Friday, May 30, 2014
“It was Friday, and I was out looking for daily work. I waited until around noon where labourers gather to find daily work,” recalls Mehrabudin, a resident of a village in Argo District, Badakhshan, Afghanistan.
“On that day, no-one selected me for work so I returned to my village,” Mehrabudin continues. “This region is very hilly. As I passed a hill near my village, I saw a lot of people standing by where the landslide covered our village and homes. At first, I thought I was dreaming or my eyes were not working. Then, I realised it was not a dream.
The landslide on May 2 had killed over 500 people, by official estimates. Unofficial figures put the number dead at five times more.
“I could see from the upper part of the hill that there was a landslide and part of the village had also slid away. I could see in the valley a lot of mud where my home and children would have been. As I came closer, I could see people from our neighboring village removing dead bodies.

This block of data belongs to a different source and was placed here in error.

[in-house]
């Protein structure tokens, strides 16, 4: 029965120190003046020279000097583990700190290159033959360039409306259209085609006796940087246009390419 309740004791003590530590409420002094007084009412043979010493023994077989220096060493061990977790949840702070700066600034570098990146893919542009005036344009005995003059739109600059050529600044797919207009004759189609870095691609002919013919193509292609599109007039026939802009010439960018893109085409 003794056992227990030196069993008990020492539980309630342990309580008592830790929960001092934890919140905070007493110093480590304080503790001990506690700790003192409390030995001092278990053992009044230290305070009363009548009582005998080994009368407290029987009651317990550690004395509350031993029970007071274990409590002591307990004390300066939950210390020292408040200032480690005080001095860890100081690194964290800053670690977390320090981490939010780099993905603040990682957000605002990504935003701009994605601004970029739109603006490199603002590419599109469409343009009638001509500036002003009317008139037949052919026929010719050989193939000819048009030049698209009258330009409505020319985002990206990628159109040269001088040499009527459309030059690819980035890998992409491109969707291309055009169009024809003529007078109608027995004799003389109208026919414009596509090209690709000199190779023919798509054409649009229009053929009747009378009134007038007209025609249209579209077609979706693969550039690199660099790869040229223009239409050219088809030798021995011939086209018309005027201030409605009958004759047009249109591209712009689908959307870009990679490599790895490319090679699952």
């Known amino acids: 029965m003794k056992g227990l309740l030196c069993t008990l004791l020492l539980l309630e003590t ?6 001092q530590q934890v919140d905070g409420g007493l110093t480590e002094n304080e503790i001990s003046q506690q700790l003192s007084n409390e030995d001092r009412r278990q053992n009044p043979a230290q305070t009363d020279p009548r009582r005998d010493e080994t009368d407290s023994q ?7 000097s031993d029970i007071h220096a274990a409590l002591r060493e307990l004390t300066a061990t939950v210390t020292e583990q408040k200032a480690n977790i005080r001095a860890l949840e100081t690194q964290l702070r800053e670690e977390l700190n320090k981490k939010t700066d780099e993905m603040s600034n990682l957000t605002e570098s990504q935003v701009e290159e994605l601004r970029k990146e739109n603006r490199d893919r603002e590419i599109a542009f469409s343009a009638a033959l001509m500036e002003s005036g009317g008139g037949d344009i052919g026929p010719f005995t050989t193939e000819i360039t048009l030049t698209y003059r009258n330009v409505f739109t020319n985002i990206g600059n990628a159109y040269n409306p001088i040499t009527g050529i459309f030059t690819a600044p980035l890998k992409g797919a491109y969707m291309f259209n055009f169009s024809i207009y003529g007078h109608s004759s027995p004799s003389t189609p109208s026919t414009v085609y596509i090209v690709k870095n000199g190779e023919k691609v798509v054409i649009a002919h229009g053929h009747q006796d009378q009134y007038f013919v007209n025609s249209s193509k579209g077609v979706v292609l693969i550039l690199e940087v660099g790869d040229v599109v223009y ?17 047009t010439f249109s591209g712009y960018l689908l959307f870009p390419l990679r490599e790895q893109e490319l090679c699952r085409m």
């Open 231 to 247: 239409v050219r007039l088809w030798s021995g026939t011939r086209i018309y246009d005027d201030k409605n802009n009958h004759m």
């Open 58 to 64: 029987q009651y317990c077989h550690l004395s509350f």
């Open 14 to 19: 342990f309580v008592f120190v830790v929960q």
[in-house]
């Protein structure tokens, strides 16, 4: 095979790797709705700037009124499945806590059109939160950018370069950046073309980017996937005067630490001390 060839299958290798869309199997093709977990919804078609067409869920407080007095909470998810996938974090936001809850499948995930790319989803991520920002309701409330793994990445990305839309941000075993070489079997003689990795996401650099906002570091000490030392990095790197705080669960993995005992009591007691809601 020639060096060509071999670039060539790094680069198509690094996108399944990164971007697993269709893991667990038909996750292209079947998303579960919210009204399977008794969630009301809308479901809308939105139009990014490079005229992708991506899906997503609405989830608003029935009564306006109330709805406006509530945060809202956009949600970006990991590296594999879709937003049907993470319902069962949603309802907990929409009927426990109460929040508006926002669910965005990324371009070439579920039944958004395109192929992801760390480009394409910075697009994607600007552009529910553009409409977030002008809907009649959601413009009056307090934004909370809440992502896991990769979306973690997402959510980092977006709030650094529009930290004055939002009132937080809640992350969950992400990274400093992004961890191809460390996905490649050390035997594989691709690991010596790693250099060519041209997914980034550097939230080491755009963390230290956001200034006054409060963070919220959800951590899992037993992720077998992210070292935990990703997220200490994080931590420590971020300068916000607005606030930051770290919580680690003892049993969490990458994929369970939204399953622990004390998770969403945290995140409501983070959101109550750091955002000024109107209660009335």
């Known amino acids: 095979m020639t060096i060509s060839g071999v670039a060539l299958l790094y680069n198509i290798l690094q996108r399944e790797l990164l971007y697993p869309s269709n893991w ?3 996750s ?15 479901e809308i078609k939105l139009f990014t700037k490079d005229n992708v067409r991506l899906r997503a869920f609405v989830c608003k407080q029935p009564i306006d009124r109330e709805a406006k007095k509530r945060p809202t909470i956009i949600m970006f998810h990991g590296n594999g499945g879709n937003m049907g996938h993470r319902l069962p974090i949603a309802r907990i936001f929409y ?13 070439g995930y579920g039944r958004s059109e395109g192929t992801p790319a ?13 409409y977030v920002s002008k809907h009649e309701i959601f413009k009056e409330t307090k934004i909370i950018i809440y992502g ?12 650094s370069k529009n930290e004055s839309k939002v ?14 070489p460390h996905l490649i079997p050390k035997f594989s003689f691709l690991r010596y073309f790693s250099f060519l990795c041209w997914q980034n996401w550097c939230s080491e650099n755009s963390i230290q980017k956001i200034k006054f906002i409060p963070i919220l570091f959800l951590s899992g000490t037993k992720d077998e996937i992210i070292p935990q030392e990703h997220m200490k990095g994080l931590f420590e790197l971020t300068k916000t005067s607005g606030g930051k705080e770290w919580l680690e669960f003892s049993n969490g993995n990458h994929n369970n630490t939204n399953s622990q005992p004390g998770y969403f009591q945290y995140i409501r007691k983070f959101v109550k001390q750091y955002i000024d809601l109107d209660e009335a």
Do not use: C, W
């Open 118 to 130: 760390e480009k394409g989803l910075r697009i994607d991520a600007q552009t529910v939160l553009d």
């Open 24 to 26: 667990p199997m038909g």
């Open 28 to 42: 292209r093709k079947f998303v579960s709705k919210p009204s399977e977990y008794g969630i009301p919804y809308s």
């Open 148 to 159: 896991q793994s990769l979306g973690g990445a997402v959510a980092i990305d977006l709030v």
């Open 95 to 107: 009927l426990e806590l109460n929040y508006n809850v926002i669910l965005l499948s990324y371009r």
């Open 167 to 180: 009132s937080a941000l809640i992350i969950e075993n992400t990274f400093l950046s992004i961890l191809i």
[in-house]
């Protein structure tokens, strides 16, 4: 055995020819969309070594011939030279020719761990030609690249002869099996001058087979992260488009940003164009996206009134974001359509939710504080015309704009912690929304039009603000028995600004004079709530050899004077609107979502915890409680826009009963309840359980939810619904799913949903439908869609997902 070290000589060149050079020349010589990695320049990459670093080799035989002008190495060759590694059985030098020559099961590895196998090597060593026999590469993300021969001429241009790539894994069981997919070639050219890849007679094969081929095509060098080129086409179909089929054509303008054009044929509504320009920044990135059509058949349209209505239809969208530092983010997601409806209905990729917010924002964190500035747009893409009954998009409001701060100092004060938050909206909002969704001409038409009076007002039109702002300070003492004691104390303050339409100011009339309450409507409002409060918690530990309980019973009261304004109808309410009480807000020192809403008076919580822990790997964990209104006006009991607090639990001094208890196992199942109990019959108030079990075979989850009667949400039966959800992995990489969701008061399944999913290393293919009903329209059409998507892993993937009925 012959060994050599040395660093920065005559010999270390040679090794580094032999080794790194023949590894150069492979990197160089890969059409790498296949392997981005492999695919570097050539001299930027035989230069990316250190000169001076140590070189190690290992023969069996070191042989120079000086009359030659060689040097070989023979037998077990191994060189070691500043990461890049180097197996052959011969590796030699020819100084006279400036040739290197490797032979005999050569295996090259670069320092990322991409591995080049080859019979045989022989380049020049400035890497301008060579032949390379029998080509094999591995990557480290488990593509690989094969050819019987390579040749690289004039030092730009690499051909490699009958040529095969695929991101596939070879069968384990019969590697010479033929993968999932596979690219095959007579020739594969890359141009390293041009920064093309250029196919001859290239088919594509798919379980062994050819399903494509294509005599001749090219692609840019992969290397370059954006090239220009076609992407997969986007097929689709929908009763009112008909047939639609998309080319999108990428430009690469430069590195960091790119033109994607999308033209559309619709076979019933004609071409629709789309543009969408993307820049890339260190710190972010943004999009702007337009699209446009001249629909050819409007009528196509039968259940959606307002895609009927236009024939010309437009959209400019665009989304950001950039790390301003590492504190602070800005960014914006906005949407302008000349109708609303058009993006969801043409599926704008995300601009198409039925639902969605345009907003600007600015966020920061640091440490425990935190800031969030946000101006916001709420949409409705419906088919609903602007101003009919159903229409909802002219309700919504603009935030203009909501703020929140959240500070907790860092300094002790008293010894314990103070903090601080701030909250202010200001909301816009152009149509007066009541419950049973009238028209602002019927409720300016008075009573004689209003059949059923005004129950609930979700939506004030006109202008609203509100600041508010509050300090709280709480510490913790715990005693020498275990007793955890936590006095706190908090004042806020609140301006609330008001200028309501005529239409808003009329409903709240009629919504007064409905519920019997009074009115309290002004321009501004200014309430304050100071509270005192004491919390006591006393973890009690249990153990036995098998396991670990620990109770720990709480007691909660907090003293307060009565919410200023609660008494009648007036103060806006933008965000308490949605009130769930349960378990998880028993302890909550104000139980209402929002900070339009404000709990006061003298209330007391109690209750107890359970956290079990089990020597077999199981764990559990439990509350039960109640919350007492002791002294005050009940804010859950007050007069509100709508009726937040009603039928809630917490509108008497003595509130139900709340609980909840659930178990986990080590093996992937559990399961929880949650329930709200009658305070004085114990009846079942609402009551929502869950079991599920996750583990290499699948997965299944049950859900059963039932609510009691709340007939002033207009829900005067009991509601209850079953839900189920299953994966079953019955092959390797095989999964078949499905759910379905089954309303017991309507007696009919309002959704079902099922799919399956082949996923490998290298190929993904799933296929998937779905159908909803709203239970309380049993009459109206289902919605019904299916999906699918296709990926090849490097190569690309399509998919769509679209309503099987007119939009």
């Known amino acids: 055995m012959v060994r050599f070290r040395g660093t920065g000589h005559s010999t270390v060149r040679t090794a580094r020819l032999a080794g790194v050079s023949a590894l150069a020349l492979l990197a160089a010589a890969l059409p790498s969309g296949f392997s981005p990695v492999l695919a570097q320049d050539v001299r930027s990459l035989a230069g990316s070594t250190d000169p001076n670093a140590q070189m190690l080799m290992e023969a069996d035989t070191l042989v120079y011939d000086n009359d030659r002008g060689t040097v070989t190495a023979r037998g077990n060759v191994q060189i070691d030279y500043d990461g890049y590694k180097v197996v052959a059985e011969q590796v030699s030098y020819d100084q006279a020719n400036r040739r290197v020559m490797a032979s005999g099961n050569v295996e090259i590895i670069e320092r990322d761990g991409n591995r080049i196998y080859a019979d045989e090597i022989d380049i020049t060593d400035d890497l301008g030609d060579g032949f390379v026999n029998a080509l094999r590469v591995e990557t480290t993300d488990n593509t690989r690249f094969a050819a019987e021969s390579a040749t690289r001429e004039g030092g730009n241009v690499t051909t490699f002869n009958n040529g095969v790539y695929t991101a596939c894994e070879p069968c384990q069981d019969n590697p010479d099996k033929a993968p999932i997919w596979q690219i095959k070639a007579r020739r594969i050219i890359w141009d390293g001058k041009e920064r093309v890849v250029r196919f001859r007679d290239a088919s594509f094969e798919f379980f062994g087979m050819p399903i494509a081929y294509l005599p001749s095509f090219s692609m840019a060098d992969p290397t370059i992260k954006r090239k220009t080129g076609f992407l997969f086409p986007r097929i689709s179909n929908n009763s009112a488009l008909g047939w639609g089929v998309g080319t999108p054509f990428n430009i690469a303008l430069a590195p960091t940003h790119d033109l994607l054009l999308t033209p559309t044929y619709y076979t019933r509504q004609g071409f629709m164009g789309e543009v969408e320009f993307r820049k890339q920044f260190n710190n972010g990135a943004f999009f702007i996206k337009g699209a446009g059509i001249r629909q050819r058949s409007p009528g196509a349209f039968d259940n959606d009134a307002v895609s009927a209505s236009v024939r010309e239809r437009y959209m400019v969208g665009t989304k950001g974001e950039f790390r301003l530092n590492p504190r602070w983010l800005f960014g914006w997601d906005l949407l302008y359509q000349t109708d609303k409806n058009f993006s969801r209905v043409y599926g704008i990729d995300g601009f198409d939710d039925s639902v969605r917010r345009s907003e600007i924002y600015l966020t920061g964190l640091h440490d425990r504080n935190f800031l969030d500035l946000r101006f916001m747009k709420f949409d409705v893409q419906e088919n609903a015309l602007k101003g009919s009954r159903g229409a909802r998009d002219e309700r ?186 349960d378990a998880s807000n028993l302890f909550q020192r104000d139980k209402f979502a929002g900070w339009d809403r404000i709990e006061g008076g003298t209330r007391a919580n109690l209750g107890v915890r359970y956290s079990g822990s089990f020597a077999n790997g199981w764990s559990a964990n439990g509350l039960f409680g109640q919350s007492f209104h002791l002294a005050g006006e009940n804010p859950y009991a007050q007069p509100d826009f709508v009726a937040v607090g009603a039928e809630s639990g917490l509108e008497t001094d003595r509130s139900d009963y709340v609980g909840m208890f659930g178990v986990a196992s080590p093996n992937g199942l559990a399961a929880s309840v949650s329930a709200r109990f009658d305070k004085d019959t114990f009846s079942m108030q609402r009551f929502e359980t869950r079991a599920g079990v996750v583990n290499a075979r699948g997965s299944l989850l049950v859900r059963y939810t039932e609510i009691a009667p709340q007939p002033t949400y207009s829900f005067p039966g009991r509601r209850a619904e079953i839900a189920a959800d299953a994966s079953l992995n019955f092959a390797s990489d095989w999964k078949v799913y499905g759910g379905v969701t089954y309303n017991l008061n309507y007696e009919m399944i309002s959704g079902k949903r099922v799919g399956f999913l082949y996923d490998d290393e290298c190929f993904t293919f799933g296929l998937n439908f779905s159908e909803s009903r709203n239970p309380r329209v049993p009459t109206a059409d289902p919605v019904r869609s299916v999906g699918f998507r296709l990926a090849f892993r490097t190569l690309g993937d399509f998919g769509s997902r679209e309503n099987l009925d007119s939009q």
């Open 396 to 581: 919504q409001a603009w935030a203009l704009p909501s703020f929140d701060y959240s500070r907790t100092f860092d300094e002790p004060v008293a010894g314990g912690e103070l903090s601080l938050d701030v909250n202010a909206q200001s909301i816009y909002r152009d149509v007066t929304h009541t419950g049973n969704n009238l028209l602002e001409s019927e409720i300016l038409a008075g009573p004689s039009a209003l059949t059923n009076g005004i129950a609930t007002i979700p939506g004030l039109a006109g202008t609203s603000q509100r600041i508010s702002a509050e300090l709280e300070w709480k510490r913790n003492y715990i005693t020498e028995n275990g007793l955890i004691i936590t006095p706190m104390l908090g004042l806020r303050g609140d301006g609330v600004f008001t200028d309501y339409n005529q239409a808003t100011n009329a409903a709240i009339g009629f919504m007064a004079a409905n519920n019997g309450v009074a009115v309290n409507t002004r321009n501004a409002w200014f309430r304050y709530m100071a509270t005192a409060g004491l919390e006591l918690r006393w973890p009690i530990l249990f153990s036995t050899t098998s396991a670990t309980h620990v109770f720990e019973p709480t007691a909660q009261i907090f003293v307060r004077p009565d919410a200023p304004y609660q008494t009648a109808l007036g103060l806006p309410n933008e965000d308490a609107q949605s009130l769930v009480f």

“Everywhere people were crying. I also started to search the mud for my children. One of my neighbours said that my children were safe and he directed me toward the neighbouring village. I rushed to find them. I found my eldest daughter with two of her sisters and three brothers.”
Mehrabudin’s wife and three other children were not so lucky. His eldest daughter informed him that their mother died trying to rescue their five year old sister. Two of their brothers, aged 20 and 9, were trapped with their sheep in the pasture.
Mehrabudin, 45, is in despair at the loss of his wife and three children. He and his surviving children mourn the loss of family, as well as the loss of their home, livestock, and orchard. “We feel helpless and do not know what to do.”
ACT Alliance members have been quick to respond to Mehrabudin’s situation. Church World Service-Pakistan/Afghanistan provided Mehrabudin’s family mattresses and pillows through a distribution supported by two other ACT members, DanChurchAid and the United Methodist Committee on Relief. The family’s other basic needs were met through the relief efforts of the Afghan government and other humanitarian agencies.
“It gives me hope that people from different parts of my country and people from all over the world extend their hand of support. It helps to change my views, and I feel that there are people who think about us, who care about us, and give us our life back. I am really thankful to your organisation and all the people who have helped us,” Mehrabudin said.